boil treatments

Boils are infections of the skin that start in an oil gland or hair follicle. They are pus filled lumps that will be painful to the touch. They can develop virtually anywhere on the skin but the most common places are on the face, neck, armpits, buttocks, and shoulders (when they form on the eyelid they are called a sty). Many people mistakenly think that a carbuncle and a boil are the same thing, and they are, sort of. A carbuncle is a grouping of boils and an indication of a much more serious infection. Boil treatments can often be performed right in your own home.

Anyone can get boils, but since boils are caused by germs entering the skin through cuts and tears any chronic health issues that leads to poor skin can make someone more susceptible to getting boils.

These underlying health concerns are:

1. Diabetes.
2. Bad nutrition.
3. Bad hygiene.
4. Harsh chemical exposure over extended periods of time.
5. Immune system problems.

A boil will start off as a red, hard, painful lump which is generally quite small. Within a few days, the lump will grow and become softer but more painful. As the pus starts to form under the skin the boil will look less red and more white. If you have one isolated boil it’s generally not something to be concerned about, but if you have any of the following issues you should see your doctor right away since this could mean the infection is much more severe:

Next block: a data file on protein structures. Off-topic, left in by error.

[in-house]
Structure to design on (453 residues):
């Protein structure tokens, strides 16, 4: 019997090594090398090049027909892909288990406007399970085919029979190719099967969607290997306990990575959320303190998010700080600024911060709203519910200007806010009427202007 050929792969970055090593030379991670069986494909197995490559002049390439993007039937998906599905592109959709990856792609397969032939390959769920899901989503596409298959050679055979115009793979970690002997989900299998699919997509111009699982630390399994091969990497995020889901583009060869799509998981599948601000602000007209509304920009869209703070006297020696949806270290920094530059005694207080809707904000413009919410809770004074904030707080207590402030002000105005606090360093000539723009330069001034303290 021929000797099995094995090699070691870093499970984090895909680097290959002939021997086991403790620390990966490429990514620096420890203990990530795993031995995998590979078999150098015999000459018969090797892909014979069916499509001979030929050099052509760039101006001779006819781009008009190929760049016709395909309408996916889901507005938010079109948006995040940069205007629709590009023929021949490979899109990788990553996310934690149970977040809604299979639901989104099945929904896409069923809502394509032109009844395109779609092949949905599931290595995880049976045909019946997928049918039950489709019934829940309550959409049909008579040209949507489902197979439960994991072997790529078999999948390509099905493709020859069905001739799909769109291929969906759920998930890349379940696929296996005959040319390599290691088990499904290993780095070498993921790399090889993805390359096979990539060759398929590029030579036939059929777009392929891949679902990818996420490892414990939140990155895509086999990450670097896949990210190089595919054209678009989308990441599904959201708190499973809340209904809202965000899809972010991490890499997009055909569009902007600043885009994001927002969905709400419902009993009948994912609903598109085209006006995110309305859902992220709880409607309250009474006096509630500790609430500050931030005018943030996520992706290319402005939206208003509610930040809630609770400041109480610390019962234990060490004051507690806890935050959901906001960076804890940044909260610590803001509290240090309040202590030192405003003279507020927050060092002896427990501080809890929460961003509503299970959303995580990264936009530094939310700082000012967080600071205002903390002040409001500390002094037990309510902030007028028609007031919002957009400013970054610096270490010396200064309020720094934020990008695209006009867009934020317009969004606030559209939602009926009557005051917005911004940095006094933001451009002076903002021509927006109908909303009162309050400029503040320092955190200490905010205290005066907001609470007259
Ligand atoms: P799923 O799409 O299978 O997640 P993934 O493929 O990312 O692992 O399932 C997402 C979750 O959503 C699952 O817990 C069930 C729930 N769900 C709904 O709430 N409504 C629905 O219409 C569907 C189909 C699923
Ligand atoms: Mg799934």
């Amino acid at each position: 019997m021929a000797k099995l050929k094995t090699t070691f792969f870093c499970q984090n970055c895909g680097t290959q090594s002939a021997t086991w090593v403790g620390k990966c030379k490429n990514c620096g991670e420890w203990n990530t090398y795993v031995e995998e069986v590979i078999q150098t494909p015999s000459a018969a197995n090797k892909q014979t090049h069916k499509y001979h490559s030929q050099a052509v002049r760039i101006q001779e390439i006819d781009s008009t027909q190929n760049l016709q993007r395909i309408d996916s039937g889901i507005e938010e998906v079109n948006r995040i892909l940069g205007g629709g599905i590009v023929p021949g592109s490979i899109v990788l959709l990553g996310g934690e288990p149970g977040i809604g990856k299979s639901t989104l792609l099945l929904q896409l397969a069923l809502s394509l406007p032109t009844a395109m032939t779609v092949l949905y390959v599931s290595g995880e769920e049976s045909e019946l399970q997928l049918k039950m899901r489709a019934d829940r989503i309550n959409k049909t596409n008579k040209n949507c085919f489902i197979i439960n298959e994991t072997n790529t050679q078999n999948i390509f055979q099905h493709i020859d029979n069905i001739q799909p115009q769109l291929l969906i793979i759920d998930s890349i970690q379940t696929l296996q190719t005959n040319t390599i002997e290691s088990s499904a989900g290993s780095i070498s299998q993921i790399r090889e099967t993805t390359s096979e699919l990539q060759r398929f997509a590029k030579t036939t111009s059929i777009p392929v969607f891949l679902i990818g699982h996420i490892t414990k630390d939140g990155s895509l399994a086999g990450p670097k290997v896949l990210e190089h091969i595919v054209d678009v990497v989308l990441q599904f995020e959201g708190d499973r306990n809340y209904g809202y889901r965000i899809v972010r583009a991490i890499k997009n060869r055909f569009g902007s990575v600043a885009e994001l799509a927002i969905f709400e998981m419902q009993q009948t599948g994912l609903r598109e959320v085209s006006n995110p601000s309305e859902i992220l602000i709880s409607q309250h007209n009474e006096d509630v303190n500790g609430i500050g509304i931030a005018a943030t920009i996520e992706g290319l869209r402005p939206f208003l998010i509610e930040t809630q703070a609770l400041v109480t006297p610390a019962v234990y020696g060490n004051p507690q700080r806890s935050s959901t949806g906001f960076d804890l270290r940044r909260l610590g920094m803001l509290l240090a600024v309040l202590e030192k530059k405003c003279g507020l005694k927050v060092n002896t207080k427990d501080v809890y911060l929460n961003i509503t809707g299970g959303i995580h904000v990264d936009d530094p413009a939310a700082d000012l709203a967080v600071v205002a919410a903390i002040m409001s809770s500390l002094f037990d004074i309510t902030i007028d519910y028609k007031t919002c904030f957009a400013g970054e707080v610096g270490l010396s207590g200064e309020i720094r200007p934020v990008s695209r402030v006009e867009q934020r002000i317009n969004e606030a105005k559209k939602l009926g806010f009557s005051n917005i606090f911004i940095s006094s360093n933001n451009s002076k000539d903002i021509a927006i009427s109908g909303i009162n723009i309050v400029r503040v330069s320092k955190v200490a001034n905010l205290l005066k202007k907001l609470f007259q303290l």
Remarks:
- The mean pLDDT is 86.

1. If the skin next to the boil also becomes red, warm, swollen, painful and streaks appear.

2. You form a group of boils (a carbuncle).

3. You get a fever.

4. The boil doesn’t drain.

5. If you have any underlying health issues you should talk to your doctor.

If your health is good and none of the more serious issues, as stated above, occur you can usually just deal with the boil yourself at home. One word of caution, many people will tell you to lance, or pop, the boil. While your doctor may do that in a sterile setting you should avoid doing that since you can actually cause another, possibly worse, infection.

Instead of lancing the boil at home use warm compresses to soften it up and bring the pus to the surface so the boil can burst on it’s own. This will usually take some time, applying the compresses several times throughout the day. Boils will usually take about 10 days to get to the point where they will burst but applying warm compresses can help alleviate some of the pain and speed up the process a little bit.

After the boil pops it’s very important that you keep the area clean to prevent another infection. Thoroughly wash the skin around the boil and apply an antibacterial ointment the area where the boil was, then cover with a bandage. Continue to take care with this area until new skin has formed and you no longer have an open sore to prevent re-infection.

If you have a ‘normal’ boil and not a carbuncle or other potentially serious health issues, boil treatments can often be done right at home. Just make sure to immediately seek out medical attention if you develop a fever or other signs that the infection is getting worse.

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